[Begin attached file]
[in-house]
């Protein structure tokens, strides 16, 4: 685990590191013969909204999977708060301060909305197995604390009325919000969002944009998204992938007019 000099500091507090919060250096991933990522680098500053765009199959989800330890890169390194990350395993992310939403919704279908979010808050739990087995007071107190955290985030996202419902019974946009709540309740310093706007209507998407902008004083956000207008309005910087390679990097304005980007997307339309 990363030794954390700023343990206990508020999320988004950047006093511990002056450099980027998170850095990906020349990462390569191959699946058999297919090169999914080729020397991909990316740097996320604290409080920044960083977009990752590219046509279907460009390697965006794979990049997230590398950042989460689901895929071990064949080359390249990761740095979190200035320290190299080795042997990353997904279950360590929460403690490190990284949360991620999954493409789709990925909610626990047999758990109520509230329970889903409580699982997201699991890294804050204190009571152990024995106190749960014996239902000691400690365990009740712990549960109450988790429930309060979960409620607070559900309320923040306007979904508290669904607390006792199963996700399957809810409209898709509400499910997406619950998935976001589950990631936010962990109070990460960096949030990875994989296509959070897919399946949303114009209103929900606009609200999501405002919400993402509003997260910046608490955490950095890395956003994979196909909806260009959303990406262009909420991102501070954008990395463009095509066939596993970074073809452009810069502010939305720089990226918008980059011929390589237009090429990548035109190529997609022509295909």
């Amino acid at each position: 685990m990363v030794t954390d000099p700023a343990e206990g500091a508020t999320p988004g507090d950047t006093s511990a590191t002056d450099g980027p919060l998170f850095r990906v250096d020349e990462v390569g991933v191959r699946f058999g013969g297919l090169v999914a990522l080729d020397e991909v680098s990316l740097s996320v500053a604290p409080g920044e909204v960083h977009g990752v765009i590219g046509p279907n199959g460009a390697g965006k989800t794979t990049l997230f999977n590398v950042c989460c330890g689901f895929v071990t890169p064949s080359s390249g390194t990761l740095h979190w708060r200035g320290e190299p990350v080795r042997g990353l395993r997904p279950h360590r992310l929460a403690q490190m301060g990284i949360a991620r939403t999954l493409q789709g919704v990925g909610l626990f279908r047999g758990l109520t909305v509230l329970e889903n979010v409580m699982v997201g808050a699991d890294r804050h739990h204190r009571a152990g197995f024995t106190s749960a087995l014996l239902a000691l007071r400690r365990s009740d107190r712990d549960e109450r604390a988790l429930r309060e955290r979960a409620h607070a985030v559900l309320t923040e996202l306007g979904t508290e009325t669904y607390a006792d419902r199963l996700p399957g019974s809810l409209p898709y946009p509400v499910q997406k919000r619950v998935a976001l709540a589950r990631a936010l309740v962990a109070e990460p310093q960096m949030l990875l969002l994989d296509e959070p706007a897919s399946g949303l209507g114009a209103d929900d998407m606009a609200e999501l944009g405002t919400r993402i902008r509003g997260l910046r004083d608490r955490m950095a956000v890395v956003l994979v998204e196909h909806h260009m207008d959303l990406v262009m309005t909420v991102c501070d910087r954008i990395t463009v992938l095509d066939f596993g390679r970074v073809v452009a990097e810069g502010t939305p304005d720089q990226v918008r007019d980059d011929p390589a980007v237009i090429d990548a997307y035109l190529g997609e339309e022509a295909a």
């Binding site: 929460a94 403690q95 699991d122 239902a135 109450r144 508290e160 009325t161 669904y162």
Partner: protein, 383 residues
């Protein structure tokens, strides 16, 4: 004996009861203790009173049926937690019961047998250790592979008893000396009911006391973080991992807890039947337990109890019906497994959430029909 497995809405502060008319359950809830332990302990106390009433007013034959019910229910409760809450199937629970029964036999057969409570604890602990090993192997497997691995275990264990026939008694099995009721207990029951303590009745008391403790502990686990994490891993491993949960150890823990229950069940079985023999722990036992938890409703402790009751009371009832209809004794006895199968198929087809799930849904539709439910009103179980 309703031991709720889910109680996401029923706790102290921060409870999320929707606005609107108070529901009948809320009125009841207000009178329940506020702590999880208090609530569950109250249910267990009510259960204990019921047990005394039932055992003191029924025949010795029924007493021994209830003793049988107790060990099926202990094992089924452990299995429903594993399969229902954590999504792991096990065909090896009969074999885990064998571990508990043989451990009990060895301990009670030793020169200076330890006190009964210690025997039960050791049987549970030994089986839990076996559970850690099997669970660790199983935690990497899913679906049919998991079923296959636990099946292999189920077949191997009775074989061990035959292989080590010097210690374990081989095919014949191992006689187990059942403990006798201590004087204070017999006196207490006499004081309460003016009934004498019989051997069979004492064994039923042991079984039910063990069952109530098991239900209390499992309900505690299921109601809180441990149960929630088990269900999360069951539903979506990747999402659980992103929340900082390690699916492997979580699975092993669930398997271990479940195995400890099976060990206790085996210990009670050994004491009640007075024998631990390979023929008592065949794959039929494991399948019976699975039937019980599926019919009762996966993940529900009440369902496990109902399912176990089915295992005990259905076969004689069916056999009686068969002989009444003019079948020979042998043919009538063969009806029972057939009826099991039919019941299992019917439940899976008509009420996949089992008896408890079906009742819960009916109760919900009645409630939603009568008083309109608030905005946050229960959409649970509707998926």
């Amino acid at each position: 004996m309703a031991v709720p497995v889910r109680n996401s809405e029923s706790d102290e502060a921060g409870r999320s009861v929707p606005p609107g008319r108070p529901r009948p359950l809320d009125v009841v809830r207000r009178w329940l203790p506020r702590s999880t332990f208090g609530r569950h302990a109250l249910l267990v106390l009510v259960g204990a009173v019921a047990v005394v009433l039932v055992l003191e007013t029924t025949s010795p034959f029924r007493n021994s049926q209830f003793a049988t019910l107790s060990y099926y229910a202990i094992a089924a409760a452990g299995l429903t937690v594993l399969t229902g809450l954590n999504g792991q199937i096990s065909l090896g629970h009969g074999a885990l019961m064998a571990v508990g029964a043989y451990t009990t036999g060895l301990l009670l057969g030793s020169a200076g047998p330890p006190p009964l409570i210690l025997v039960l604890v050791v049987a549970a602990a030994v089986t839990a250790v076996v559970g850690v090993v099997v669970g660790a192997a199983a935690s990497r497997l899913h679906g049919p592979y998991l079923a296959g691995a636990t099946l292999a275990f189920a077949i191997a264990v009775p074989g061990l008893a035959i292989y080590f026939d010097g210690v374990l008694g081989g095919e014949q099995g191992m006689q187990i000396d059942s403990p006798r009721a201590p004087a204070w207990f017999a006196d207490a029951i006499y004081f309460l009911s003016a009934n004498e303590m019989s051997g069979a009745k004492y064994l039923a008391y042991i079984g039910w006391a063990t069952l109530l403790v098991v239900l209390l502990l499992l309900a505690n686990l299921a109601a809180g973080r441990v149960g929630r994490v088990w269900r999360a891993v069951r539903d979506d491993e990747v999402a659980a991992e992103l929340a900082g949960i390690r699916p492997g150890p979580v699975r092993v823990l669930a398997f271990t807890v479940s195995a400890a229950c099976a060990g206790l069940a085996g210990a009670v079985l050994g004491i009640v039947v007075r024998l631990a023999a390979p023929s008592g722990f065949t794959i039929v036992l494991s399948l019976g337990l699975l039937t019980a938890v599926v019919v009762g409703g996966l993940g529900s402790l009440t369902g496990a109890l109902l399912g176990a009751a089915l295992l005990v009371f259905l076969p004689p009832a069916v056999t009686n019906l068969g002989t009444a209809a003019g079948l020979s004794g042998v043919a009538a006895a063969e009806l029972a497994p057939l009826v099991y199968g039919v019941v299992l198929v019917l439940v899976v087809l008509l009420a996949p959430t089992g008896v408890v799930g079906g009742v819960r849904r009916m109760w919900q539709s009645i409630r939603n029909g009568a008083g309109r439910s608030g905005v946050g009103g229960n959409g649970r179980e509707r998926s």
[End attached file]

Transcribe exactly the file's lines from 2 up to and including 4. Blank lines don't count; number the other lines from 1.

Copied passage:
């Protein structure tokens, strides 16, 4: 685990590191013969909204999977708060301060909305197995604390009325919000969002944009998204992938007019 000099500091507090919060250096991933990522680098500053765009199959989800330890890169390194990350395993992310939403919704279908979010808050739990087995007071107190955290985030996202419902019974946009709540309740310093706007209507998407902008004083956000207008309005910087390679990097304005980007997307339309 990363030794954390700023343990206990508020999320988004950047006093511990002056450099980027998170850095990906020349990462390569191959699946058999297919090169999914080729020397991909990316740097996320604290409080920044960083977009990752590219046509279907460009390697965006794979990049997230590398950042989460689901895929071990064949080359390249990761740095979190200035320290190299080795042997990353997904279950360590929460403690490190990284949360991620999954493409789709990925909610626990047999758990109520509230329970889903409580699982997201699991890294804050204190009571152990024995106190749960014996239902000691400690365990009740712990549960109450988790429930309060979960409620607070559900309320923040306007979904508290669904607390006792199963996700399957809810409209898709509400499910997406619950998935976001589950990631936010962990109070990460960096949030990875994989296509959070897919399946949303114009209103929900606009609200999501405002919400993402509003997260910046608490955490950095890395956003994979196909909806260009959303990406262009909420991102501070954008990395463009095509066939596993970074073809452009810069502010939305720089990226918008980059011929390589237009090429990548035109190529997609022509295909």
């Amino acid at each position: 685990m990363v030794t954390d000099p700023a343990e206990g500091a508020t999320p988004g507090d950047t006093s511990a590191t002056d450099g980027p919060l998170f850095r990906v250096d020349e990462v390569g991933v191959r699946f058999g013969g297919l090169v999914a990522l080729d020397e991909v680098s990316l740097s996320v500053a604290p409080g920044e909204v960083h977009g990752v765009i590219g046509p279907n199959g460009a390697g965006k989800t794979t990049l997230f999977n590398v950042c989460c330890g689901f895929v071990t890169p064949s080359s390249g390194t990761l740095h979190w708060r200035g320290e190299p990350v080795r042997g990353l395993r997904p279950h360590r992310l929460a403690q490190m301060g990284i949360a991620r939403t999954l493409q789709g919704v990925g909610l626990f279908r047999g758990l109520t909305v509230l329970e889903n979010v409580m699982v997201g808050a699991d890294r804050h739990h204190r009571a152990g197995f024995t106190s749960a087995l014996l239902a000691l007071r400690r365990s009740d107190r712990d549960e109450r604390a988790l429930r309060e955290r979960a409620h607070a985030v559900l309320t923040e996202l306007g979904t508290e009325t669904y607390a006792d419902r199963l996700p399957g019974s809810l409209p898709y946009p509400v499910q997406k919000r619950v998935a976001l709540a589950r990631a936010l309740v962990a109070e990460p310093q960096m949030l990875l969002l994989d296509e959070p706007a897919s399946g949303l209507g114009a209103d929900d998407m606009a609200e999501l944009g405002t919400r993402i902008r509003g997260l910046r004083d608490r955490m950095a956000v890395v956003l994979v998204e196909h909806h260009m207008d959303l990406v262009m309005t909420v991102c501070d910087r954008i990395t463009v992938l095509d066939f596993g390679r970074v073809v452009a990097e810069g502010t939305p304005d720089q990226v918008r007019d980059d011929p390589a980007v237009i090429d990548a997307y035109l190529g997609e339309e022509a295909a």
């Binding site: 929460a94 403690q95 699991d122 239902a135 109450r144 508290e160 009325t161 669904y162």